The ICT Opportunity for a Disability-Inclusive Development Framework: New action-oriented report
The estimated 1 billion people worldwide who live with disabilities are still denied equitable access to education, information, health care, job opportunities and civil engagement as technological solutions and their benefits are not fully explored. As a result persons with disabilities experience disproportionately high rates of poverty, according to a report just published by the ITU, UNESCO and other partners: “The ICT Opportunity for a Disability-Inclusive Development Framework.”
The report was produced with collaborative input from the Broadband Commission for Digital Development, the Global Initiative for Inclusive ICTs (G3ICT), the International Disability Alliance (IDA), the International Telecommunication Union (ITU), UNESCO, Microsoft, and the Telecentre.org Foundation.
As the international community prepares to adopt new development goals to address global poverty, ahead of the 2015 deadline for the Millennium Development Goals (MDGs), it is worth noting that the report can signals that the current MDGs failed to address the needs of persons with disabilities.
In spite of the adoption of the Convention on the Rights of Persons with Disabilities in 2006, disability remains largely sidelined in most mainstream development processes. The High-Level Meeting on Disability and Development (HLMDD) of the 68th session of the United Nations General Assembly, taking place in New York, provides a historic opportunity to “support dignity, rights and well-being as essential conditions for equality and justice of persons with disabilities. Disability is a development issue that we must address to achieve all internationally-agreed goals,” states Irina Bokova, Director-General of UNESCO.
“The ICT Opportunity for a Disability-Inclusive Development Framework” contributes to a better understanding of the extent to which ICTs enable and accelerate the social and economic inclusion of persons with disabilities. It lists challenges that are still to be addressed while outlining concrete actions to be undertaken by each group of stakeholders and a set of indicators to help measure progress towards the achievement of a disability-inclusive development agenda.
The content is based on the information gathered during a global consultation on ICT, Disability and Development. The consultation gathered over 150 expert inputs from relevant organizations and key individuals from over 55 countries and representing multiple categories of stakeholders, including governments, academic institutions, organizations of persons with disabilities, civil society organizations, and the private sector, as well as regional and international organizations.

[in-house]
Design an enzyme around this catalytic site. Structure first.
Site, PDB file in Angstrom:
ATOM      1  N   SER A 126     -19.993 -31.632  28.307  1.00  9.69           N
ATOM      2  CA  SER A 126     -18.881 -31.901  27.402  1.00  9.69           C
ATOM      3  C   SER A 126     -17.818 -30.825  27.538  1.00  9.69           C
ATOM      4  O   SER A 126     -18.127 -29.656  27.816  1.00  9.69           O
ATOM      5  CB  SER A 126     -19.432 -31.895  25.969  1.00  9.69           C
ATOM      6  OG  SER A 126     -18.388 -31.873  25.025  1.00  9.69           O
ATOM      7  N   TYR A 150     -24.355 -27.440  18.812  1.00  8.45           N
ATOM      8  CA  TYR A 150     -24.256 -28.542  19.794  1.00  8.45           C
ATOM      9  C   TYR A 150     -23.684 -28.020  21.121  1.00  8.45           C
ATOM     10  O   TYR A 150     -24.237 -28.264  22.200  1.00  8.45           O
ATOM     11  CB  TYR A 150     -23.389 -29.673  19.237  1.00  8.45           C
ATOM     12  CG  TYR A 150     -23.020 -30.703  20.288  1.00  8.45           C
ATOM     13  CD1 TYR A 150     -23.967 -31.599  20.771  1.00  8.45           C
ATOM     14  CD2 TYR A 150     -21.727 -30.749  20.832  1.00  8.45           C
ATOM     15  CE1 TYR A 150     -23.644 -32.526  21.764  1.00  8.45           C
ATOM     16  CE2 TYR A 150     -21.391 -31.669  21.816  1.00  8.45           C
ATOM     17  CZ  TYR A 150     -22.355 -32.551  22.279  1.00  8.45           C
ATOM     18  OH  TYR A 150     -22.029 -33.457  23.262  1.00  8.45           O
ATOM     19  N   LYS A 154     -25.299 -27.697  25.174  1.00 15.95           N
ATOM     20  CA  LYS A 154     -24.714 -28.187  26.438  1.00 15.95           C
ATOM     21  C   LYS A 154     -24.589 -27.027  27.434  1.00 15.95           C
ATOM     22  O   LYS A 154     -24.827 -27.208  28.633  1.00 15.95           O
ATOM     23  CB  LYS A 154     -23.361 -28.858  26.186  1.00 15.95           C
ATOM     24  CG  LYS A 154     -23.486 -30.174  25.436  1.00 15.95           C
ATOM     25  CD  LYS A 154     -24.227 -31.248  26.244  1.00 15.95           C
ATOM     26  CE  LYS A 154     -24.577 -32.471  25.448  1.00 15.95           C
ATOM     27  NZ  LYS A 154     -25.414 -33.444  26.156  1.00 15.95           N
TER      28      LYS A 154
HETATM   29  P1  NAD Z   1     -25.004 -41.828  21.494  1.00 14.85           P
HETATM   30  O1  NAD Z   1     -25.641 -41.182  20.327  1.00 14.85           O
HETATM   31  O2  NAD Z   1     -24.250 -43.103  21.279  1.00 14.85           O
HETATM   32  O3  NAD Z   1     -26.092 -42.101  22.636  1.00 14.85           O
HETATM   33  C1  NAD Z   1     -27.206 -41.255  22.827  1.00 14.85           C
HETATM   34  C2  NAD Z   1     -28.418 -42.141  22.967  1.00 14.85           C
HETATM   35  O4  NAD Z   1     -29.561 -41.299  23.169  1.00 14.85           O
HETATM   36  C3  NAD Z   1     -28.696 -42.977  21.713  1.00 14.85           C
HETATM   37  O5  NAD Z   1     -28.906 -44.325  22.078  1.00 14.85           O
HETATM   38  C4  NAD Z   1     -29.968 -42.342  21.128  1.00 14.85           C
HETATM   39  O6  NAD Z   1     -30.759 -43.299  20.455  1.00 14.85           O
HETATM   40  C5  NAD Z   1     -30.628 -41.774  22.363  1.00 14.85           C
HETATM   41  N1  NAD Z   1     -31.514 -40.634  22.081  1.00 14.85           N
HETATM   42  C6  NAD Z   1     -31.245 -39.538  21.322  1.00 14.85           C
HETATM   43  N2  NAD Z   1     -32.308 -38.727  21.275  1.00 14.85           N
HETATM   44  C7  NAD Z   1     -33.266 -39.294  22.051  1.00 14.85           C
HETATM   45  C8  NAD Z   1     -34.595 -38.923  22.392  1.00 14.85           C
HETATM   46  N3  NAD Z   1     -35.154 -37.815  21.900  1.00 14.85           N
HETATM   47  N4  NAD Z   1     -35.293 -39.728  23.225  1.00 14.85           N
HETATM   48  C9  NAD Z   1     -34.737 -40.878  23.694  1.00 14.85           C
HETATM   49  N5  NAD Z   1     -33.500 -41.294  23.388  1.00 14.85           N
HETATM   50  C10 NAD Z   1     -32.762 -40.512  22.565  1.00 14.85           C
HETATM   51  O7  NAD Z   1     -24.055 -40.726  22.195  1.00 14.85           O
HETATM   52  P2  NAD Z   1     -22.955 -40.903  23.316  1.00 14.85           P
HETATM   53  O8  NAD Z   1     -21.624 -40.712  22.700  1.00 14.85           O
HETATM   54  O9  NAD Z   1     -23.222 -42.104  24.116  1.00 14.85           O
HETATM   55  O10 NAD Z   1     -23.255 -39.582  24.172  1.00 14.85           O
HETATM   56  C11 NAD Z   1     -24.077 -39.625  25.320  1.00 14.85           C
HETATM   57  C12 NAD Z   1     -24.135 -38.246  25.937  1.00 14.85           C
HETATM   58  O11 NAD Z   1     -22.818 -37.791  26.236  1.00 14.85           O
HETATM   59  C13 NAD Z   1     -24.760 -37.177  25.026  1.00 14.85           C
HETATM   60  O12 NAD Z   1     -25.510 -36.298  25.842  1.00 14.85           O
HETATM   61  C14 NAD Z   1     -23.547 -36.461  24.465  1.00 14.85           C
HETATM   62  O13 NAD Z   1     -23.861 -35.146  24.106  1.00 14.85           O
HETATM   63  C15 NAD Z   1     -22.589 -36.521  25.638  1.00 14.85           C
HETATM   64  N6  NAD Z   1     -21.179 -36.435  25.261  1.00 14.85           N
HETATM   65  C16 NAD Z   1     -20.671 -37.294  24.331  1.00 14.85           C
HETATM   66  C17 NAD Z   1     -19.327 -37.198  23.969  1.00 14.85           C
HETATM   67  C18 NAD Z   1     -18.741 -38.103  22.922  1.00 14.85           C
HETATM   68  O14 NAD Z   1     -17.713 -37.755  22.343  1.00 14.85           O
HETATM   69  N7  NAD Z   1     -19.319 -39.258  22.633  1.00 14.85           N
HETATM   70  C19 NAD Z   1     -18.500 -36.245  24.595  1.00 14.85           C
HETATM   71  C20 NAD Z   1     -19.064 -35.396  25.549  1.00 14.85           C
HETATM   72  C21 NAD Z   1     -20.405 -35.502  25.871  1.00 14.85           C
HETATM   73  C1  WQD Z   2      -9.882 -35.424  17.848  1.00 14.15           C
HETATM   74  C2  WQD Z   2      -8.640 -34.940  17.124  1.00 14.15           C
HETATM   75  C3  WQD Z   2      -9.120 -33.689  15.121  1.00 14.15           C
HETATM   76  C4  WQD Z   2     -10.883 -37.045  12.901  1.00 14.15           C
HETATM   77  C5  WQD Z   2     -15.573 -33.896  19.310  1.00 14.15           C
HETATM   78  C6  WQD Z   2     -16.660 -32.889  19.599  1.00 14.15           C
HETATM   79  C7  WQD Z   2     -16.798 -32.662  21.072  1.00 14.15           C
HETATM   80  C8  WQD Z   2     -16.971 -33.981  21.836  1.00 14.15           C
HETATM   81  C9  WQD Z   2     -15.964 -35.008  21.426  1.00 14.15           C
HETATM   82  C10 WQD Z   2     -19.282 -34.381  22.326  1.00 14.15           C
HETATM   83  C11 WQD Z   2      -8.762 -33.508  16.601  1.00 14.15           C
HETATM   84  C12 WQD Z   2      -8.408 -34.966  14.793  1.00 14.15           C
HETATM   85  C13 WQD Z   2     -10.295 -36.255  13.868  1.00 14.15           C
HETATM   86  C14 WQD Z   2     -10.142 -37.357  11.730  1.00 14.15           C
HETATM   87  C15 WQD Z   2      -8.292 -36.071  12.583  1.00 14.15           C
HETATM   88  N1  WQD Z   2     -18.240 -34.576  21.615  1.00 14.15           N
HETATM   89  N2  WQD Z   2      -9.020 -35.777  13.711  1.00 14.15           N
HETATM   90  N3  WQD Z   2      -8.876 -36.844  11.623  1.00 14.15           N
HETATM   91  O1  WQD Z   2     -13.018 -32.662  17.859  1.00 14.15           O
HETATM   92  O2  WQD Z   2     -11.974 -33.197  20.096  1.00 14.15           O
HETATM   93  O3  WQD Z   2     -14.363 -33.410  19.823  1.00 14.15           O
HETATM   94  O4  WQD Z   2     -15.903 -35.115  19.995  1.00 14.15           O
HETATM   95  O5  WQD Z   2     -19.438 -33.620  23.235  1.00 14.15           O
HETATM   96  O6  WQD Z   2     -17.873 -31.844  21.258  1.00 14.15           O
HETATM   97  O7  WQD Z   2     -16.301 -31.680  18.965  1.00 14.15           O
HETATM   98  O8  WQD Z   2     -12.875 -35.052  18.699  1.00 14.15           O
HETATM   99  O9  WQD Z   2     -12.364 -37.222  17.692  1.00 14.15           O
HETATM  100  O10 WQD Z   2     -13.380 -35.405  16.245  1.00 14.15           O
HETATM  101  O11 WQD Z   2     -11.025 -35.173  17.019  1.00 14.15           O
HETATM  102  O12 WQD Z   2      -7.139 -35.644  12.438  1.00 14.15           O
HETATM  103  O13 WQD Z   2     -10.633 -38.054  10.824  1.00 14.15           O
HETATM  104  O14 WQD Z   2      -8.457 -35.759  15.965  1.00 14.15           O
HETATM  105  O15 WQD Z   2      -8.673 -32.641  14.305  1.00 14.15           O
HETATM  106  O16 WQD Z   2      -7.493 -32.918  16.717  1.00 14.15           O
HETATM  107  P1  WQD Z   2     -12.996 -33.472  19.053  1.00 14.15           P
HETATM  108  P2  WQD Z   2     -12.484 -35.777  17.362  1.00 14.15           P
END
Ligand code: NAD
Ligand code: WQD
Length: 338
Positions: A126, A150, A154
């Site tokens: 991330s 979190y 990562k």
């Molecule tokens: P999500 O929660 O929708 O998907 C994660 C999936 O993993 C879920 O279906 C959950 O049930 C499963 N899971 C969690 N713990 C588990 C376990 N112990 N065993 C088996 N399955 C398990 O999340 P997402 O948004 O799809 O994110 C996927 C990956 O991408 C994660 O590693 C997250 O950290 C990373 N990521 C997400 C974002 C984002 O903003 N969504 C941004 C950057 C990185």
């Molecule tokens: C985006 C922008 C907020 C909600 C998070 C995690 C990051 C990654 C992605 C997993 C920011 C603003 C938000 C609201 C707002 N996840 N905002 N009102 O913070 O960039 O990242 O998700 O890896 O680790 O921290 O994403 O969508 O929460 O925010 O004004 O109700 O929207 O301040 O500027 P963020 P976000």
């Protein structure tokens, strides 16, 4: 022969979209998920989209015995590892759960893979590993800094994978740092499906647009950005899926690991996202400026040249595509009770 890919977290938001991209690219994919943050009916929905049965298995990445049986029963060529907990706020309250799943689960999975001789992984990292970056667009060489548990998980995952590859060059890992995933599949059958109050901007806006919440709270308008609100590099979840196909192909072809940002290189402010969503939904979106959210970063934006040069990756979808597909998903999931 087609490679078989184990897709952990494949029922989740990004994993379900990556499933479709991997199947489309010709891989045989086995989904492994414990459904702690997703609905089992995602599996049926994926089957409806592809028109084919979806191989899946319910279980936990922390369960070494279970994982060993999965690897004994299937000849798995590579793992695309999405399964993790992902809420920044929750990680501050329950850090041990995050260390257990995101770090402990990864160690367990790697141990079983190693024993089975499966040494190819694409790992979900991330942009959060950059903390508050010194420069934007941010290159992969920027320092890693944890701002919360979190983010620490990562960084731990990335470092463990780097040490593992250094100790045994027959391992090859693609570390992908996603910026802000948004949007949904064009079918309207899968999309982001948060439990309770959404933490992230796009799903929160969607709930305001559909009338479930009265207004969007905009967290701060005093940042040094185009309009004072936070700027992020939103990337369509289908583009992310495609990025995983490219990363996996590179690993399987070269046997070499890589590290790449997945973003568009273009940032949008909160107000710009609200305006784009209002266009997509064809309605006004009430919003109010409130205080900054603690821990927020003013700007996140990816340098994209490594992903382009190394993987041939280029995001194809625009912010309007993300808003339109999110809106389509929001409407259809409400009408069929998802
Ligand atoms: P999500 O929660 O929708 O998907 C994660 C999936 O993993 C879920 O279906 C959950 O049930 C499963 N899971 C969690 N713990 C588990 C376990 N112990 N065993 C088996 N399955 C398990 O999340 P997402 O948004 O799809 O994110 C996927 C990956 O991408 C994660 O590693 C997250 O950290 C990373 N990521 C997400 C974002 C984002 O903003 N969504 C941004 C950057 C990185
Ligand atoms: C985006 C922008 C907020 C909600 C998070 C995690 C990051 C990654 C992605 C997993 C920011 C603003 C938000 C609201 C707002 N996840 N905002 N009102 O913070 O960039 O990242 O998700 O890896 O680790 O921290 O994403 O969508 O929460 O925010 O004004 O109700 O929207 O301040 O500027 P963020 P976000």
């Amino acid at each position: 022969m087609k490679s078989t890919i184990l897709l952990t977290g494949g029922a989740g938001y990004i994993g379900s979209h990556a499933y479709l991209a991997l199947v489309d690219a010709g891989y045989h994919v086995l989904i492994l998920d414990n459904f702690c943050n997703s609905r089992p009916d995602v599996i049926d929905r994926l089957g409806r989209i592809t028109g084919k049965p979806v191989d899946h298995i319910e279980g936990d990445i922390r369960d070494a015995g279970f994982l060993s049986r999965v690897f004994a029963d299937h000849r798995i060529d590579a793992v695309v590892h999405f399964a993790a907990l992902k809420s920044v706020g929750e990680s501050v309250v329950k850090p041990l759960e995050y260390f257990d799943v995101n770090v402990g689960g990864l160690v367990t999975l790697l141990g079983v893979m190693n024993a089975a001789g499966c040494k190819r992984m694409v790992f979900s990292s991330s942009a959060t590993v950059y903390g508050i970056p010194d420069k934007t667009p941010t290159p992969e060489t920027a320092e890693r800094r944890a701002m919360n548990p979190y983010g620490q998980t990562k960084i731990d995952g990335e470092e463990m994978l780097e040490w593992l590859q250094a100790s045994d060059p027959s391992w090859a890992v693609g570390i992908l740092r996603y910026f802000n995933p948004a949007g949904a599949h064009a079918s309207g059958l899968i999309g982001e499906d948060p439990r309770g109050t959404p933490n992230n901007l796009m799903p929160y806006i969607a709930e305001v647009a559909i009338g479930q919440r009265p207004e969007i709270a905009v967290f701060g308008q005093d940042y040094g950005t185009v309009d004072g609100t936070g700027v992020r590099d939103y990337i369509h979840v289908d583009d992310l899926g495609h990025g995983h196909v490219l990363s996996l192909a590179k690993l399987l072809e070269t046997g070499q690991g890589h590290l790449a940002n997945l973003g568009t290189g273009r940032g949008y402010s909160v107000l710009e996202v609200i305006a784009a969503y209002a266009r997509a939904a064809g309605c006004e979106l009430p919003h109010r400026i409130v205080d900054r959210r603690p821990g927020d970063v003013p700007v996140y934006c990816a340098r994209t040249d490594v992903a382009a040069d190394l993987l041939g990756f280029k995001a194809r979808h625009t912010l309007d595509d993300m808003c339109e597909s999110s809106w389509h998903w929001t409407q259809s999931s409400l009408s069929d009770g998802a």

The report highlights that
· When ICT are available, affordable and accessible, they significantly improve the inclusion of persons with disabilities in all aspects of society, particularly Web services, mobile devices and services, and television.
· Regarding the challenges to overcome, some barriers are universal while others affect specific areas of development such as cost, accessibility of and access to ICT.
· Overcoming these barriers requires the collaboration of stakeholders in every sector, as well as concrete actions by each group of stakeholders while relevant indicators to monitor progress need to be developed.
Governments need to play a key role in stimulating the introduction of ICT-enabled solutions adapted to the needs of persons with disabilities, increasing the availability of accessible ICTs and promoting the affordability of assistive technologies in social and educational programmes, business, and other areas.
The UN system and other international organizations should continue implementing operational activities to meet disability-inclusive development goals, complemented by the monitoring and evaluation of development efforts at the global, regional and national levels.
Private sector organizations need to contribute by increasing research and development efforts, incorporating universal design principles at the earliest stage possible and recruit persons with disabilities in product development departments to develop accessible ICT. The private sector can further remove attitudinal barriers towards hiring persons with disabilities and promote accessible workplaces. Through these contributions, employers help create societies where persons with disabilities can lead productive and independent lives.
Civil society organizations have a key role in raising policymakers’ awareness of the remaining accessibility barriers, and should become more active in the work conducted by international standards organizations. Furthermore, they can bring about social progress and economic growth awareness-raising and capacity-building among persons with disabilities and their relatives regarding the use ICT to facilitate their own economic and social inclusion. Finally, advocating for the mainstreaming of the use of the universal design principle in all development efforts is crucial to ensure that the international development framework is disability-inclusive.
International standards organizations can also play a special role in enabling a disability-inclusive development agenda by providing a neutral platform from which to develop and harmonize international standards and provide recommendations related to accessible ICT and their applications.
The report is released during the High-Level side-event to the HLMDD “The UN delivering as one in enabling a disability-inclusive development agenda towards 2015 and beyond”, taking place today, from 1.15 to 2.30 pm at the United Nations Headquarters in New York.
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